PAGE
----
- Pavlov Press
- Out-creeping Peter Singer
- A euphemism I’ll avoid
- What’s the best risk?
- The test of religious bigotry
- Grateful to be gay
My Fair City has taken to having a periodic “One Great Read” event where all participants read the same book and discussions ensue.
Ferguson is kind of like that. Except it’s hard to escape, even though I didn’t sign up to participate. And there are no Great Reads about Ferguson. And the murkiness of the facts makes it a Rorschach Test and invites shouting matches.
Ferguson means one thing: mob mentality lives on the street in pointless riots and on social media in pointless opinions. (I, on the other hand, only traffic in highly illuminating facts and commentary that support my inclinations in the matter.)
What nefarious doings are being done as Pavlov Press distracts us with – Look! Kim Kardashian! Chaz Bono! American Idol! Shiny! (HT Mark Shea)
Speaking of shouting matches, IQ2US had a pretty good one recently as it set up an “Oxford style debate” on legalizing assisted suicide.
Assisted Suicide supporter Andrew Solomon came across as particularly toxic – far more than his debate partner Peter Singer – opening with a story about his mother and a pre-emptive strike that the opponents were monsters since they ipso facto wanted his mother to suffer the tortures of the damned.
The good news: the opponents of assisted suicide won the debate handily.
The bad news: winning means you move more to your side, but the supporters came in with 65% audience support (!) and ended with 67%. The opponents won by going from 10% to 22%, moving a bunch of the initial 25% “undecideds.”
On two friends’ joint blog appears the euphemism, previously unknown to me, of “progressive sexual ethics.” My friends are laboring at the awkward intersection of orthodox Christianity and LGBT sexuality, which definitely can present lexicographical challenges, but that is a euphemism I will never use, ever, unless in scare quotes.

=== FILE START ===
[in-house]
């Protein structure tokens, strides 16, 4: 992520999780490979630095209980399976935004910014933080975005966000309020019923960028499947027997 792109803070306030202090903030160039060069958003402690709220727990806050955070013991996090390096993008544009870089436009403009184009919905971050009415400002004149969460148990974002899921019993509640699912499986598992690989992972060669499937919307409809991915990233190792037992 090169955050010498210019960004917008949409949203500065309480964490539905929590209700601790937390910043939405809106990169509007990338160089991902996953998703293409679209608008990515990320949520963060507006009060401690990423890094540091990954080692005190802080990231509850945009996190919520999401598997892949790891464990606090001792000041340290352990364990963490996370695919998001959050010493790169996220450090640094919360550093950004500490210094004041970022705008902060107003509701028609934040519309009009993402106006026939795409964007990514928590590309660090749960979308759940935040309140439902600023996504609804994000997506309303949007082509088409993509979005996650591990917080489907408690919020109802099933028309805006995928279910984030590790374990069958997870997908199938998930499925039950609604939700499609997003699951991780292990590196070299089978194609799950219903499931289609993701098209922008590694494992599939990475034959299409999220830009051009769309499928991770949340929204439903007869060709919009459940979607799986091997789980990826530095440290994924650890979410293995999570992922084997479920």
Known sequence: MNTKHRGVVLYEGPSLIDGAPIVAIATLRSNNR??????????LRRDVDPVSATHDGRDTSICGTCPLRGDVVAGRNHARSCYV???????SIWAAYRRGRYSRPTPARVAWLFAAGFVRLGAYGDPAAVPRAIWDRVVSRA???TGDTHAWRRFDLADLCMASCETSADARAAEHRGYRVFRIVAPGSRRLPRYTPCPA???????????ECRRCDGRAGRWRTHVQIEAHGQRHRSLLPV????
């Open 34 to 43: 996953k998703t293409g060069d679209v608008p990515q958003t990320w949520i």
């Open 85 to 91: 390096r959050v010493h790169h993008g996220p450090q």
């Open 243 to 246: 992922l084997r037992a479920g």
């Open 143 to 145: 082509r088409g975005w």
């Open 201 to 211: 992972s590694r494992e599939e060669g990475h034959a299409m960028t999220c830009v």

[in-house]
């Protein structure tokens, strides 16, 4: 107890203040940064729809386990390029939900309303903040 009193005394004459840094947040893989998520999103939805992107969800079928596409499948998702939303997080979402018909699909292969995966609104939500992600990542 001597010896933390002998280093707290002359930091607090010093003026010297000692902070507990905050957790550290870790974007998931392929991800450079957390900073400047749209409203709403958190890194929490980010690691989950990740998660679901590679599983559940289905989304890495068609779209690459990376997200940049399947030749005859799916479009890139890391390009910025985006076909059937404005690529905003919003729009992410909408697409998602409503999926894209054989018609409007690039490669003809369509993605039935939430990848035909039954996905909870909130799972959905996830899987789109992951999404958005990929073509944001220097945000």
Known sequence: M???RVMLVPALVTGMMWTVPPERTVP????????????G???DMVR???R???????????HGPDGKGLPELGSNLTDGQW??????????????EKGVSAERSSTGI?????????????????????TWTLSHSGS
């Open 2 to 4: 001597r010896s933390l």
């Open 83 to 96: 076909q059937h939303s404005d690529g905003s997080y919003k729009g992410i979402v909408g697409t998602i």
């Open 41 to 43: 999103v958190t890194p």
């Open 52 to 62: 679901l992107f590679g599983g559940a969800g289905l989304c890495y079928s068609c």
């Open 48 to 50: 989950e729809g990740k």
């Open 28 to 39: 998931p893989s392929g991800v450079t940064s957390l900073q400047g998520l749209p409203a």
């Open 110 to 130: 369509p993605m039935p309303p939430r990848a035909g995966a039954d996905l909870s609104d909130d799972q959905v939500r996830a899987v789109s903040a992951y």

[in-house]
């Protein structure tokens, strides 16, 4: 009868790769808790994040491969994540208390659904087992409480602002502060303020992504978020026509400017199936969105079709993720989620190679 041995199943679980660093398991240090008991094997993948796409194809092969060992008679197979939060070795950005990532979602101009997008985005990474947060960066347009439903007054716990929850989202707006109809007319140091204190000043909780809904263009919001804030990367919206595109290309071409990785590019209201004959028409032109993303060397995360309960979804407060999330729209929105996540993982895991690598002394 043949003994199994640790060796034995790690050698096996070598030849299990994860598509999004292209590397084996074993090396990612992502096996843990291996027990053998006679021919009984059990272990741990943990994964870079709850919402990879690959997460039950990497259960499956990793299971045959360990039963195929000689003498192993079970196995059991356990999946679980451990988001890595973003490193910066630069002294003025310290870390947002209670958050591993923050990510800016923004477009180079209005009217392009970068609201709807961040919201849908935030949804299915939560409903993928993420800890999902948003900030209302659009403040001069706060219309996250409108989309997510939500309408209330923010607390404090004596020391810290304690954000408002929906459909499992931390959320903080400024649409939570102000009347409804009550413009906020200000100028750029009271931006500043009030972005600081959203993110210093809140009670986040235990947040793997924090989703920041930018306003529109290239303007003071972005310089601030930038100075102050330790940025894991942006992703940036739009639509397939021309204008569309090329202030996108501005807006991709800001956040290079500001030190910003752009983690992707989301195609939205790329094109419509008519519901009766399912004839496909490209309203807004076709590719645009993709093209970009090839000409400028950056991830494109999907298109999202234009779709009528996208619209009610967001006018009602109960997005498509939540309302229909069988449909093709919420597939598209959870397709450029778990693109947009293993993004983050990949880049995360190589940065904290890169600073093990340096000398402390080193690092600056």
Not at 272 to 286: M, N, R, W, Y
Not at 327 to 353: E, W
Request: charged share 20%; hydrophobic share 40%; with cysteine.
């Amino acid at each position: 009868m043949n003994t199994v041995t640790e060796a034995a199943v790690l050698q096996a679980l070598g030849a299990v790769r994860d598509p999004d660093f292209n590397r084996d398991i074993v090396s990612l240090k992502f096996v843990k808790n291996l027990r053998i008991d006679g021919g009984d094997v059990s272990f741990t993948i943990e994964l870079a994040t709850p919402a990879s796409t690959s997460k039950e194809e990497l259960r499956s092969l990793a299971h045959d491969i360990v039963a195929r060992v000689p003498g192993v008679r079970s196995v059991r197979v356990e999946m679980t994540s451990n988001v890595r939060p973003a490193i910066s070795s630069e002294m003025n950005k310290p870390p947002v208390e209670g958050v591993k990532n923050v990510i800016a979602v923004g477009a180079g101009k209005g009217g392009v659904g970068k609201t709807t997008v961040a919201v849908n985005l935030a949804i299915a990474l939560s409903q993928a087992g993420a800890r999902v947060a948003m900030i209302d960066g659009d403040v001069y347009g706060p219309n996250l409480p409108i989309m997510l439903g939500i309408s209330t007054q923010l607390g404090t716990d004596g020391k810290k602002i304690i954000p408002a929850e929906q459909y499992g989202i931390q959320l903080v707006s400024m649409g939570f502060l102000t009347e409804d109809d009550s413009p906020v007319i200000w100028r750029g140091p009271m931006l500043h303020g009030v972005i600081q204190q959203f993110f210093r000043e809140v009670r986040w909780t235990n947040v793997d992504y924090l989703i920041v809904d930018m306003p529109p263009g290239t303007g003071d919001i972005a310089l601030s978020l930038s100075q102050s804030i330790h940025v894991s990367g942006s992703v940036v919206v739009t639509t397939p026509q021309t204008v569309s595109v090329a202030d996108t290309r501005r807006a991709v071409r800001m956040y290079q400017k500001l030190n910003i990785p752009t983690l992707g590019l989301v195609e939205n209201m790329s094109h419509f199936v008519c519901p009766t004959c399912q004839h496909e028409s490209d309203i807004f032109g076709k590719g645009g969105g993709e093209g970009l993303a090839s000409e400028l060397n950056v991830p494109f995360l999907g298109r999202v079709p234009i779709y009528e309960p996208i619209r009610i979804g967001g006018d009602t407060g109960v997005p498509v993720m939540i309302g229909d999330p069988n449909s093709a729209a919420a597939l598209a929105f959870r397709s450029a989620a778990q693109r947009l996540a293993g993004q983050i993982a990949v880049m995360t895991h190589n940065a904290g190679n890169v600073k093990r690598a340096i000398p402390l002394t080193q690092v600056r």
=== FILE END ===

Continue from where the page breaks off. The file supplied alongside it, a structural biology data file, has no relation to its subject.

For some reason, this quote comes to mind:
Every one of the popular modern phases and ideals is a dodge in order to shirk the problem of what is good. We are fond of talking about “liberty”; that, as we talk of it, is a dodge to avoid discussing what is good. We are fond of talking about “progress”; that is a dodge to avoid talking about what is good … The modern man says, “Let us leave all these arbitrary standards and embrace liberty.” This is, logically rendered, “Let us not decide what is good, but let it be considered good not to decide it.”
I appreciate your concern that “Even if the use of images in worship may not always be idolatrous in the strict sense, the mere potential for idolatry to creep in is itself sufficient grounds to object to such practices.” Certainly idolatry is always a danger whenever a good thing is embraced. However, to try to eradicate all potential for idolatry (which seems to be what motivates you to eliminate all visual aids in worship) would be to dismiss every good gift which the Lord has given us. This is the basic problem with your slippery slope argument.